David Filipov looks for a picture of his father, Al Filipov, at the Tribute WTC Visitor Center in New York City. The center is run by the September 11th Families Association as a museum and memorial to the victims and history of the World Trade Center and the 9/11/2001 attacks. Filipov’s father was on American Airlines Flight 11, the first plane flown into the towers. (Scott Lewis)

2The Falling Man. A man, whose identity remains unknown, falls headfirst after jumping from the north tower of New York’s World Trade Center after it was atacked on Tuesday, Sept. 11, 2001. This now-famous photograph has become iconic, and inspired an article in Esquire magazine, and a later documentary movie. (AP Photo/Richard Drew) #

3The south tower of New York’s World Trade Center collapses Tuesday, Sept. 11, 2001. (AP Photo/Richard Drew) #

4An aerial view on September 17th, 2001 shows only a small portion of the scene where the World Trade Center collapsed following the Sept. 11 terrorist attack. Surrounding buildings were heavily damaged by the debris and massive force of the falling twin towers. (U.S. Navy photo by Chief Photographer’s Mate Eric J. Tilford) #

5An aerial view of the recovery operation underway in lower Manhattan at the site of the collapsed World Trade Center on October 4, 2001. (Andrea Booher/ FEMA News Photo) #

6A street scene in lower Manhattan near the site of the terrorist attack on the World Trade Center in New York on Tuesday, Sept. 11, 2001. (AP Photo/Richard Drew) #

7Firemen continue to fight the fires that sprout up from within the rubble of the World Trade Center in this September 19, 2001 file photo. (REUTERS/PA2 Tom Sperduto/US Coast Guard) #

8Sunlight filters into the still-smoldering site of the World Trade Center attack highlighting the remains of Tower Two as workers riding in a basket suspended from a giant crane hover above, Saturday, Oct. 27, 2001, in New York. (AP Photo/William C. Lopez) #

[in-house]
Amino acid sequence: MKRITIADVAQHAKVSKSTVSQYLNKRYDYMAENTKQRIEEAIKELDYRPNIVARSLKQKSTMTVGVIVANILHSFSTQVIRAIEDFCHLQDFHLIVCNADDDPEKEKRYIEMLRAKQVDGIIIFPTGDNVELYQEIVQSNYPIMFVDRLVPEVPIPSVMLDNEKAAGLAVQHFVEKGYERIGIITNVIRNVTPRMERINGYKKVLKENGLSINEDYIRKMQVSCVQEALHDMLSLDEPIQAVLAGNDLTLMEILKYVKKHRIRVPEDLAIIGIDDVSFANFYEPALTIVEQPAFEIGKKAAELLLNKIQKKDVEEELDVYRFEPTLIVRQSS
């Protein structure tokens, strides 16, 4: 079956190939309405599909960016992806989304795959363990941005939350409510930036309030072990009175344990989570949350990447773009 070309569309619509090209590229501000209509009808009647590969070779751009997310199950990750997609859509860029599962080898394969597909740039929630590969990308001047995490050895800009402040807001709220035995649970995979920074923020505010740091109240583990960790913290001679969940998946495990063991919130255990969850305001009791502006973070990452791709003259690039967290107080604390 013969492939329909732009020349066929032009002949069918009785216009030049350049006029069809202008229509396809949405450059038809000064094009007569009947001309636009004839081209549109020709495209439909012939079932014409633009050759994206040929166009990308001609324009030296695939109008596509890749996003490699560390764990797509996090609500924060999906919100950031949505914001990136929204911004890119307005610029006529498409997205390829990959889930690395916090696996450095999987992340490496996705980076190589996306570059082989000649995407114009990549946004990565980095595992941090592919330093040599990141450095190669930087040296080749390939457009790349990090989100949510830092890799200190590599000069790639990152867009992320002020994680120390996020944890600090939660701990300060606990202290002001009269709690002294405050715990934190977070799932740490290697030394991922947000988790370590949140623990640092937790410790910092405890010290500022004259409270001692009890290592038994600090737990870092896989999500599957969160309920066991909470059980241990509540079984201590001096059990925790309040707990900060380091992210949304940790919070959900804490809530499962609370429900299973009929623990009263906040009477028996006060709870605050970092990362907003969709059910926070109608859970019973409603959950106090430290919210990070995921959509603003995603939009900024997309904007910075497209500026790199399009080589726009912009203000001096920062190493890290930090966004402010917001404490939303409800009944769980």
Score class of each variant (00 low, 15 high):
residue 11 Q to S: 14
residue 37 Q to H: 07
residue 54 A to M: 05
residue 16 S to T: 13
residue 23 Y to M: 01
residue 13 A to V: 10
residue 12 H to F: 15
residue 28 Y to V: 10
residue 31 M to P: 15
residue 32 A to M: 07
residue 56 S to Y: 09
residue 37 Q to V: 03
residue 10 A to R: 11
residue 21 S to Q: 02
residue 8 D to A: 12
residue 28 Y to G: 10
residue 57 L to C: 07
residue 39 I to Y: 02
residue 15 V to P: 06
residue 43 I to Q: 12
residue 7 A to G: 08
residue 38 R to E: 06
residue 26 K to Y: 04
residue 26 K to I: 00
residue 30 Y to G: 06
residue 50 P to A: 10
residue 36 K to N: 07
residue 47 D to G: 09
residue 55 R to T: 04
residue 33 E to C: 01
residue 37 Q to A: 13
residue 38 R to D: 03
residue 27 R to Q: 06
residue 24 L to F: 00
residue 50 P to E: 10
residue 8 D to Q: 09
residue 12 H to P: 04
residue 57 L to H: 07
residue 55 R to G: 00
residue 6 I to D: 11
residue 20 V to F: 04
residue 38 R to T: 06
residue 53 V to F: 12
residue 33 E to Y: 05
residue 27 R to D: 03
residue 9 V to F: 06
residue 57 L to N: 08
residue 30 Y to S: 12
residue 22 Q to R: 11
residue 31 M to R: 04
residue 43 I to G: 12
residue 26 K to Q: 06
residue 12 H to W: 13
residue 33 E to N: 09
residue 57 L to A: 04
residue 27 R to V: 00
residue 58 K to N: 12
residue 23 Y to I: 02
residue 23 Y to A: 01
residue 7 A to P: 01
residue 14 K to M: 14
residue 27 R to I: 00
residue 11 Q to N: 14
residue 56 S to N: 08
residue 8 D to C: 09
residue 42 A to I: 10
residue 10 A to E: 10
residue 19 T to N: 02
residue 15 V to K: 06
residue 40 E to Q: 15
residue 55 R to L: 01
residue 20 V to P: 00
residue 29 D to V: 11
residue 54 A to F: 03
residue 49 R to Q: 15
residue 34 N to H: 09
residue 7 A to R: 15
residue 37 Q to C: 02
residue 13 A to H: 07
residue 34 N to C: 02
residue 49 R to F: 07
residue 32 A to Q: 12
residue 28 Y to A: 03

9Firefighters make their way over the ruins of the World Trade Center through clouds of smoke as work continues at ground zero Thursday, Oct. 11, 2001, in New York, one month after the terrorist attacks on the Trade Center. (AP Photo/Stan Honda) #

10The sun streams through the dust over the wreckage of the World Trade Center on September 15, 2001. (Andrea Booher/FEMA News Photo) #

11Exhibit #P200336 from the United States v. Zacarias Moussaoui Criminal trial No. 01-455-A – A collage of photographs of almost 3,000 victims, nearly all of those who were killed during the terrorist attacks on September 11, 2001 (missing are 92 of the victims and all of the terrorists). (USDOJ) #

12The “Tribute in Light” is seen near the World Trade Center site on September 10, 2009 in New York City. (Mario Tama/Getty Images) #

13Drops of rain fall through the “Tribute in Light” near the World Trade Center site on September 10, 2009 in New York City. (Mario Tama/Getty Images) #